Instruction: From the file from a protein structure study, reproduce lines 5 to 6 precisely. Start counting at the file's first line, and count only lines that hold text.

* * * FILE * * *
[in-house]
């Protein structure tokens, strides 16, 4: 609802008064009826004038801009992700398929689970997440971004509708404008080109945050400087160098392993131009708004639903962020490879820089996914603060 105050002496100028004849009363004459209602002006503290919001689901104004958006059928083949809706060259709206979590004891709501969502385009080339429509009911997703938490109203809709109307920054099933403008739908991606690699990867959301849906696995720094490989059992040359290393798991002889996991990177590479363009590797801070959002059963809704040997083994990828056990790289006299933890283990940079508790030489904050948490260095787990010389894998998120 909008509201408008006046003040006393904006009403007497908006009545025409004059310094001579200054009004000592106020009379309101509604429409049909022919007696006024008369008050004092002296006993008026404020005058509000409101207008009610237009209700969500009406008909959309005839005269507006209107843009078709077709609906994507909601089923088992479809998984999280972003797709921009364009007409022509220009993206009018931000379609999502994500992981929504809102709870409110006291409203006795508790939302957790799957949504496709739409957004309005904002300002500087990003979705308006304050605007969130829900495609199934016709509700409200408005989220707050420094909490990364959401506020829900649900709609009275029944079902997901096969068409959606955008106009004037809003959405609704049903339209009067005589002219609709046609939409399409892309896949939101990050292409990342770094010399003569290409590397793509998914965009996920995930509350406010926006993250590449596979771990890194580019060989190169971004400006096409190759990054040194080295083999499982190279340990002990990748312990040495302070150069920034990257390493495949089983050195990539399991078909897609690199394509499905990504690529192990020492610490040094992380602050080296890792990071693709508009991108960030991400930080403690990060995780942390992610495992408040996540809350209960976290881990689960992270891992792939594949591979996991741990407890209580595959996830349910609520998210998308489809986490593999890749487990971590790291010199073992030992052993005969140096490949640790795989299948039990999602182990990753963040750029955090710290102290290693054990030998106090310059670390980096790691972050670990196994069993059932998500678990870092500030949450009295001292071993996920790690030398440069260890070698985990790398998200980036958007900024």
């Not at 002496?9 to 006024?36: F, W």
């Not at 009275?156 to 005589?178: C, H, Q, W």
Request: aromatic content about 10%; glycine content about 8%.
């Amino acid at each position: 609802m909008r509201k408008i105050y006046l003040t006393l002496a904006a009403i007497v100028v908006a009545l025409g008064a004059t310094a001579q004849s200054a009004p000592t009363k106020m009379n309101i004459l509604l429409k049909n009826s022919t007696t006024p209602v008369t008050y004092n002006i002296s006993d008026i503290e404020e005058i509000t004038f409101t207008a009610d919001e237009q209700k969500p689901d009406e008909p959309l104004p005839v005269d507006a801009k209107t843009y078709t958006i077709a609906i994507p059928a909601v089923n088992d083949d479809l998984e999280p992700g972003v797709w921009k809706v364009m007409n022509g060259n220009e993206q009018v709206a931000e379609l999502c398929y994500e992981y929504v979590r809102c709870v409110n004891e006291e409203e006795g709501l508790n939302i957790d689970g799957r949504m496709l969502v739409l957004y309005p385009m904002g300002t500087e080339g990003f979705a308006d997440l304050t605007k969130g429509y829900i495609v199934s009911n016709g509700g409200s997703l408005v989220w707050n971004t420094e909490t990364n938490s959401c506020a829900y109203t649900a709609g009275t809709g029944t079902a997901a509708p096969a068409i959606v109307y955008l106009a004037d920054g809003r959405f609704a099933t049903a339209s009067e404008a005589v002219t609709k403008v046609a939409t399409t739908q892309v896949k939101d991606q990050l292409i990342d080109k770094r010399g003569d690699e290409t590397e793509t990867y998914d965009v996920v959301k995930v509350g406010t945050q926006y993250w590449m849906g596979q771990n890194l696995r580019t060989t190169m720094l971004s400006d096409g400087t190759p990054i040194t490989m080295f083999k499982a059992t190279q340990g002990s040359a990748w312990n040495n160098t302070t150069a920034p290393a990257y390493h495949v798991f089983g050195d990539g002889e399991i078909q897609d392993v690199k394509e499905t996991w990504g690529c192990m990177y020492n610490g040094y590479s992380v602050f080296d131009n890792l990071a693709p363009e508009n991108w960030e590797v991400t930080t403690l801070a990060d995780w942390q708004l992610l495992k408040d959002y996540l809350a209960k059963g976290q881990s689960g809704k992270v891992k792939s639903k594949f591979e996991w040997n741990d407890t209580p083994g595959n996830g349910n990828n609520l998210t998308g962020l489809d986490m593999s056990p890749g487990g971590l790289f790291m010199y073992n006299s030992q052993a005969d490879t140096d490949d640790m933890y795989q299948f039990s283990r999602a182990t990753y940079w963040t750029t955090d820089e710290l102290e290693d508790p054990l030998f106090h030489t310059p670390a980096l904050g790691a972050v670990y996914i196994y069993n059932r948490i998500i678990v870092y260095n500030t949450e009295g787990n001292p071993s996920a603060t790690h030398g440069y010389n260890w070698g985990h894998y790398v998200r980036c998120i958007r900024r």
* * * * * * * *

Request: aromatic content about 10%; glycine content about 8%.
């Amino acid at each position: 609802m909008r509201k408008i105050y006046l003040t006393l002496a904006a009403i007497v100028v908006a009545l025409g008064a004059t310094a001579q004849s200054a009004p000592t009363k106020m009379n309101i004459l509604l429409k049909n009826s022919t007696t006024p209602v008369t008050y004092n002006i002296s006993d008026i503290e404020e005058i509000t004038f409101t207008a009610d919001e237009q209700k969500p689901d009406e008909p959309l104004p005839v005269d507006a801009k209107t843009y078709t958006i077709a609906i994507p059928a909601v089923n088992d083949d479809l998984e999280p992700g972003v797709w921009k809706v364009m007409n022509g060259n220009e993206q009018v709206a931000e379609l999502c398929y994500e992981y929504v979590r809102c709870v409110n004891e006291e409203e006795g709501l508790n939302i957790d689970g799957r949504m496709l969502v739409l957004y309005p385009m904002g300002t500087e080339g990003f979705a308006d997440l304050t605007k969130g429509y829900i495609v199934s009911n016709g509700g409200s997703l408005v989220w707050n971004t420094e909490t990364n938490s959401c506020a829900y109203t649900a709609g009275t809709g029944t079902a997901a509708p096969a068409i959606v109307y955008l106009a004037d920054g809003r959405f609704a099933t049903a339209s009067e404008a005589v002219t609709k403008v046609a939409t399409t739908q892309v896949k939101d991606q990050l292409i990342d080109k770094r010399g003569d690699e290409t590397e793509t990867y998914d965009v996920v959301k995930v509350g406010t945050q926006y993250w590449m849906g596979q771990n890194l696995r580019t060989t190169m720094l971004s400006d096409g400087t190759p990054i040194t490989m080295f083999k499982a059992t190279q340990g002990s040359a990748w312990n040495n160098t302070t150069a920034p290393a990257y390493h495949v798991f089983g050195d990539g002889e399991i078909q897609d392993v690199k394509e499905t996991w990504g690529c192990m990177y020492n610490g040094y590479s992380v602050f080296d131009n890792l990071a693709p363009e508009n991108w960030e590797v991400t930080t403690l801070a990060d995780w942390q708004l992610l495992k408040d959002y996540l809350a209960k059963g976290q881990s689960g809704k992270v891992k792939s639903k594949f591979e996991w040997n741990d407890t209580p083994g595959n996830g349910n990828n609520l998210t998308g962020l489809d986490m593999s056990p890749g487990g971590l790289f790291m010199y073992n006299s030992q052993a005969d490879t140096d490949d640790m933890y795989q299948f039990s283990r999602a182990t990753y940079w963040t750029t955090d820089e710290l102290e290693d508790p054990l030998f106090h030489t310059p670390a980096l904050g790691a972050v670990y996914i196994y069993n059932r948490i998500i678990v870092y260095n500030t949450e009295g787990n001292p071993s996920a603060t790690h030398g440069y010389n260890w070698g985990h894998y790398v998200r980036c998120i958007r900024r």